Hugmachine.org offers complete instructions on how to build your very own, low-cost hug machine. For those times when you need to feel the comforting press of two mattresses around you.

The Hug Machine was invented by Temple Grandin as a way to treat her autism. From Wikipedia:

The idea for the hug machine was devised during a visit to her aunt's Colorado ranch, where she noted the way cattle were vaccinated while confined in a squeeze chute, and how some of the cattle immediately calmed down after pressure was administered. She realized the deep pressure from the chute had a calming effect, and decided that might well settle down her own hypersensitivity. Whereas psychologists at her high school sought to confiscate her prototype hug machine, her science teacher encouraged her to determine just why it helped resolve her anxiety and sensory issues.

Posted By: Alex - Fri Apr 03, 2009 - Comments (9)
Category: Inventions, Psychology

March 30, 2009

The Westermarck Effect

The Westermarck Effect is a psychological phenomena named after Finnish anthropologist Edvard Westermarck. The effect is that (according to
Wikipedia): "when two people live in close domestic proximity during the first few years in the life of either one, both are desensitized to later close sexual attraction." Which is why most people don't get the hots for their sibling.

However, if siblings don't grow up together and only meet for the first time later in life, they may be intensely sexually attracted to each other. This is known as genetic sexual attraction, or GSA. Again, from Wikipedia:

Several factors may contribute to GSA. People commonly rank faces similar to their own as more attractive, trustworthy, etc. than average... Shared interests and personality traits are commonly considered desirable in a mate... In cases of parent-child attraction, the parent may recognize traits of their sometime mate in the child. Such reunions typically produce complex emotions in all involved.

Finally, there is the phenomena known as the Westermarck Trap, which occurs when two people who have grown up together (and thus are sexually desensitized to each other) are expected to marry each other, because of an arranged marriage. According to one theory, this is what the novel Frankenstein depicts:

Students of the Westermarck effect may be interested to know that this trap is depicted in the novel Frankenstein by Mary Shelley, in which Victor Frankenstein is expected to marry a cousin reared with him. Instead, he creates a monster that persecutes him and murders his prospective bride before the marriage can be consummated. It is suggested that the plot owes something to Mary Shelley's own experience of the Westermarck effect, following a childhood in which she was reared with a stepbrother. Her own personal solution was not to create a monster but to elope with a married man (Percy Bysshe Shelley) at the age of 16.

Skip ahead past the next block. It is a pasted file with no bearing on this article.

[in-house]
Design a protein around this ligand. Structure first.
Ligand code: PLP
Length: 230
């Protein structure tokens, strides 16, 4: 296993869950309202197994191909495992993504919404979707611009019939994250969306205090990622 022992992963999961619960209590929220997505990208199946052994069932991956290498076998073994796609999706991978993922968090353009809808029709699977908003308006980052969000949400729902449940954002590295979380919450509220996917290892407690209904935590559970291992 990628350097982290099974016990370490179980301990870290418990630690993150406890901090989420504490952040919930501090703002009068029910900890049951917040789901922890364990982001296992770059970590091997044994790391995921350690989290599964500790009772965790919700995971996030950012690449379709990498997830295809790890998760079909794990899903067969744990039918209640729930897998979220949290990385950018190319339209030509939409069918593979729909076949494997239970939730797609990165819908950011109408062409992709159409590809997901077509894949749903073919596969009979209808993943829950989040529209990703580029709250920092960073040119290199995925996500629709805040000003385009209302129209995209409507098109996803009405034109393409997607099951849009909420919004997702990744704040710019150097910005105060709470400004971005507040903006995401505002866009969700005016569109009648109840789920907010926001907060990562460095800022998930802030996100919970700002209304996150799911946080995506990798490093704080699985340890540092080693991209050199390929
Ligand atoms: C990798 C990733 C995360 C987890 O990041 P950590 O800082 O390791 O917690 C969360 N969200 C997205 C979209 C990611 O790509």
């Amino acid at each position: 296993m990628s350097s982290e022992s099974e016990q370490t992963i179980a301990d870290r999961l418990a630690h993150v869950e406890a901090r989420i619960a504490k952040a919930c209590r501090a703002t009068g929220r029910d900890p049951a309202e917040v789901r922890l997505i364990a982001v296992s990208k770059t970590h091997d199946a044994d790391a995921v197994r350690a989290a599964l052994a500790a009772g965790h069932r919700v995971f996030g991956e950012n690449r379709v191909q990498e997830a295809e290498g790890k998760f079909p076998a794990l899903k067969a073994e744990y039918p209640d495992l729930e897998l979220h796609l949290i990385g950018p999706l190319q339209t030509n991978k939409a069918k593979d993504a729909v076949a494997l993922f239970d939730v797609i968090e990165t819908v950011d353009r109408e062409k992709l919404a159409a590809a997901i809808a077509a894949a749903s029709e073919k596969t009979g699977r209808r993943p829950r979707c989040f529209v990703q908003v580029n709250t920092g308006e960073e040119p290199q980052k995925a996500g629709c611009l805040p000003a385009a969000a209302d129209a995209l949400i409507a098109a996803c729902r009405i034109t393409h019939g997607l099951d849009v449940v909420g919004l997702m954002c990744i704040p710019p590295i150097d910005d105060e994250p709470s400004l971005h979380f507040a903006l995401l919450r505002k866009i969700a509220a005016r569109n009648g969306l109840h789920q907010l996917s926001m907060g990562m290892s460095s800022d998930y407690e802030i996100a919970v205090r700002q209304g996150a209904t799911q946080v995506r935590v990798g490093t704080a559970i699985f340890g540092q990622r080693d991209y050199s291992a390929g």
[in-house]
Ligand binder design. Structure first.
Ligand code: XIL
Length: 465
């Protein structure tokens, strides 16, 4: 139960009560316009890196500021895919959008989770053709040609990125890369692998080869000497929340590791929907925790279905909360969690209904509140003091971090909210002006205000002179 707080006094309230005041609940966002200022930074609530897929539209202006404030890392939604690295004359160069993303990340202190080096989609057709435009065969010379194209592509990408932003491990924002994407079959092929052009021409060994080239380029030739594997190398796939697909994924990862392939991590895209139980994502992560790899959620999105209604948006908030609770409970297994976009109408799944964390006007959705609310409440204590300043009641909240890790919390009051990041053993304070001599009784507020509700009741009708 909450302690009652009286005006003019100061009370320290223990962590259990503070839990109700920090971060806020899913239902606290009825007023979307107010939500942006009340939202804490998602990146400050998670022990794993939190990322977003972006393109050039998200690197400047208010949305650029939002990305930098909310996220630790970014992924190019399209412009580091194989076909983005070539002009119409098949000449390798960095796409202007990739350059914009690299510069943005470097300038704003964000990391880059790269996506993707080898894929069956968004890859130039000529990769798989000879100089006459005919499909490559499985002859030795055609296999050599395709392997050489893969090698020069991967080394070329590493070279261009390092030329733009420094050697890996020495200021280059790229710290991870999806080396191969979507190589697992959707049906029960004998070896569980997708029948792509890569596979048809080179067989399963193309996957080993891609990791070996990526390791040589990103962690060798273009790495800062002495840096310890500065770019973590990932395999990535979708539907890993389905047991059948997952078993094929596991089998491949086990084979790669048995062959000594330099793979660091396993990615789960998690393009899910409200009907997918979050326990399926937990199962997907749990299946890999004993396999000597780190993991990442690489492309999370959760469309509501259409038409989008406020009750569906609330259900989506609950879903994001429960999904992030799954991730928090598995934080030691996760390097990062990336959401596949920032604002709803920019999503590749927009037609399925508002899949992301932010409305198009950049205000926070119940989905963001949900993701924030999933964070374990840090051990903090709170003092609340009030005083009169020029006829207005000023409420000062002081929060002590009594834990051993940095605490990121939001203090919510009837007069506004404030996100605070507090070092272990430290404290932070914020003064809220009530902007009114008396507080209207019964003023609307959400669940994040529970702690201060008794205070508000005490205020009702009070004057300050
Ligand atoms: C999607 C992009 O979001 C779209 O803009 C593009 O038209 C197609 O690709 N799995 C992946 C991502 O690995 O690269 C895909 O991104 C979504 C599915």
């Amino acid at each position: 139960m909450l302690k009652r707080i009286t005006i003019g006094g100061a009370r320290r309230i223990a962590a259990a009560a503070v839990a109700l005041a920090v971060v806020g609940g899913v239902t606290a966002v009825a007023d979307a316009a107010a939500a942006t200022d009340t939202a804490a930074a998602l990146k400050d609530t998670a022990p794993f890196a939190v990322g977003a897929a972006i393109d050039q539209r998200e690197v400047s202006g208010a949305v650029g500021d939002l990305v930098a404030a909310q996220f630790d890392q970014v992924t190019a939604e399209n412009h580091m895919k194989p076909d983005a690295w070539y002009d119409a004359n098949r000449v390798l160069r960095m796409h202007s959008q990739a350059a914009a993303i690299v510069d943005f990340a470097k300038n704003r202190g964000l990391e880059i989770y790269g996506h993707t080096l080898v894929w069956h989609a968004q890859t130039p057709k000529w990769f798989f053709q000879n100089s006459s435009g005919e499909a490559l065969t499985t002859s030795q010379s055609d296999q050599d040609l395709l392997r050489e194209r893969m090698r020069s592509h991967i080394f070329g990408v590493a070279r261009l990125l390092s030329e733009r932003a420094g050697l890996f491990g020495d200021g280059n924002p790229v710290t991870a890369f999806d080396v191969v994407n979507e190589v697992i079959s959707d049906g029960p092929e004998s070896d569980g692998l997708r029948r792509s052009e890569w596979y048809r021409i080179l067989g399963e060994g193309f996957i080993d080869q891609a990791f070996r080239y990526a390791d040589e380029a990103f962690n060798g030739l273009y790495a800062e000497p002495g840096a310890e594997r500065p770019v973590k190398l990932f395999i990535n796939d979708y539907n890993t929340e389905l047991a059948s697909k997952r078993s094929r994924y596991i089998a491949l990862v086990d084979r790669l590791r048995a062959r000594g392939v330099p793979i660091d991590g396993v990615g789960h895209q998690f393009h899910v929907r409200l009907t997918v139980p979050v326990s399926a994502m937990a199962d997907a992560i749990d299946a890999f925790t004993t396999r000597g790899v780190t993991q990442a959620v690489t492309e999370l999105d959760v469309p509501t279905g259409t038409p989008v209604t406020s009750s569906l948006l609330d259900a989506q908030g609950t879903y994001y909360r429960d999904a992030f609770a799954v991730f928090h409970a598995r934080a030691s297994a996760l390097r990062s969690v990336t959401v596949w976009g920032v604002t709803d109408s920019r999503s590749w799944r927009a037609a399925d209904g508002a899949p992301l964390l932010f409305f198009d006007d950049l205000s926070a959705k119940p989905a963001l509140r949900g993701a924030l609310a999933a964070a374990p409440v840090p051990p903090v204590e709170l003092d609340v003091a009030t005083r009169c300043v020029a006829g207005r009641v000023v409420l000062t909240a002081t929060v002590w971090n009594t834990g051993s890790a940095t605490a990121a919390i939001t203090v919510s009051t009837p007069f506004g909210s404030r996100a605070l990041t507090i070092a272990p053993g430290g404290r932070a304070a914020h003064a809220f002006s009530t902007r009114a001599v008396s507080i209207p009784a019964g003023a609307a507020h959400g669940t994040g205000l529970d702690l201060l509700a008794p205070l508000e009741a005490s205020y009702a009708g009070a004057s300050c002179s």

Posted By: Alex - Mon Mar 30, 2009 - Comments (8)
Category: Literature, Books, Sexuality, Psychology

Page 3 of 6 pages  <  1 2 3 4 5 >  Last »
Custom Search





Get WU Posts by Email

Enter your email address:

Delivered by FeedBurner


weird universe thumbnail

Who We Are
Alex Boese
Alex is best known as the curator of the Museum of Hoaxes. He's also the weird news "expert" at about.com.

Paul Di Filippo
Paul has been paid to put weird ideas into fictional form for over thirty years, in his career as a noted science fiction writer. He has recently begun blogging on many curious topics with three fellow writers at The Inferior 4+1.

Chuck Shepherd
Chuck is the purveyor of News of the Weird, the syndicated column which for decades has set the gold-standard for reporting on oddities and the bizarre.

Our banner was drawn by the legendary underground cartoonist Rick Altergott.

Contact Us
Monthly Archives
April 2016 • March 2016 • February 2016 • January 2016

December 2015 • November 2015 • October 2015 • September 2015 • August 2015 • July 2015 • June 2015 • May 2015 • April 2015 • March 2015 • February 2015 • January 2015

December 2014 • November 2014 • October 2014 • September 2014 • August 2014 • July 2014 • June 2014 • May 2014 • April 2014 • March 2014 • February 2014 • January 2014

December 2013 • November 2013 • October 2013 • September 2013 • August 2013 • July 2013 • June 2013 • May 2013 • April 2013 • March 2013 • February 2013 • January 2013

December 2012 • November 2012 • October 2012 • September 2012 • August 2012 • July 2012 • June 2012 • May 2012 • April 2012 • March 2012 • February 2012 • January 2012

December 2011 • November 2011 • October 2011 • September 2011 • August 2011 • July 2011 • June 2011 • May 2011 • April 2011 • March 2011 • February 2011 • January 2011

December 2010 • November 2010 • October 2010 • September 2010 • August 2010 • July 2010 • June 2010 • May 2010 • April 2010 • March 2010 • February 2010 • January 2010

December 2009 • November 2009 • October 2009 • September 2009 • August 2009 • July 2009 • June 2009 • May 2009 • April 2009 • March 2009 • February 2009 • January 2009

December 2008 • November 2008 • October 2008 • September 2008 • August 2008 • July 2008 •